Camarasaurus asks:

How would you change/better balance Ice type Pokemon, aside from making them resistant to water-type attacks?

Well… I think Ice should be bad defensively; I think that works as a type identity thing.  It doesn’t need to be as bad as it is, though.  Resistance to just one other common, strong attack type probably makes it about as good defensively as Psychic, which is a poor defensive type but not actually comical, and supports a decent variety of tank and support Pokémon.  Water… well, Water does seem like the most logical choice there; it’s not perfect, because one thing that Ice-type tanks need is a point of distinction from Water-type tanks (who both resist Ice attacks and can normally learn them).  Maybe there’s an argument there for resistance to Dragon (although at that point you probably need to give Dragon a buff somewhere else) or Ground, instead of Water.  I know you said aside from that, but I really don’t know that there needs to be much more, at least not in terms of adjustments to the type chart itself; Ice is also really strong offensively and I don’t want to risk overtuning it.  I like the more indirect buffs like the addition of new Hail synergies – Aurora Veil, Slush Rush, Ice Face – and I like the suggestion in the comments of this post that Ice-types should get a physical defence buff during hail, to parallel the special defence buff that Rock-types get during sandstorms.

6 thoughts on “Camarasaurus asks:

  1. I’d say sacrificing the type identity would be a worthy sacrifice in order to make Ice-types actually good for something. Especially considering most Ice-type Pokémon are slow tanks anyway. Flying and Water are both strong offensive types, so those would probably be the simplest options. Ground, Dark, Fairy and especially Ghost could probably survive an offensive nerf as well, but they make less sense than Flying and Water. (I can recommend Dragonflycave’s Interactive Type Chart for people who don’t want simple options, and also have 7 consecutive hours to spare because trying to balance the type chart is… Not necessarily the best thing to hyperfocus on.)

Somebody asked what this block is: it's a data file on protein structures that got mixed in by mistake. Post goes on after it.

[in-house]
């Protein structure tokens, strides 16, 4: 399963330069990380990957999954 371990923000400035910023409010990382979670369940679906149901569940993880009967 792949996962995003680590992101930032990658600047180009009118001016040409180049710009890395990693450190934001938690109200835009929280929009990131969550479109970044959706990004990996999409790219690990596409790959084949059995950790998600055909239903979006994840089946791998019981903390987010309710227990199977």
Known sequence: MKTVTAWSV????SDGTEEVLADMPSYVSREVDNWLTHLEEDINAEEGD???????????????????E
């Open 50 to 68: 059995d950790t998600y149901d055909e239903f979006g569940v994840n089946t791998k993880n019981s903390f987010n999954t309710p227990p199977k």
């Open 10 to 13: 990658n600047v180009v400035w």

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    1. I think making Ice resist Water isn’t necessarily a bad thing, and you can easily make Scald work as a super effective attack against Ice types just as Freeze-Dry works the other way around, and I think those moves in combination with the two naturally resisting one another would better represent the relationship the two really have with each other.

      I do like the idea of adding a defense buff to Hail since that continues to help it as a weather type compete with Rain, Sun, and Sandstorms, but I also think it wouldn’t be a bad thing to take away Ice’s weakness to Rock attacks. Rock can stand to be taken down a peg slightly, and there’s no obvious reason for Ice to be weak to it other than “you can break ice with a rock,” which I mean, sure? You could also break ice with a block of wood though, or a strong enough gust of wind, or just a body slam from a large animal.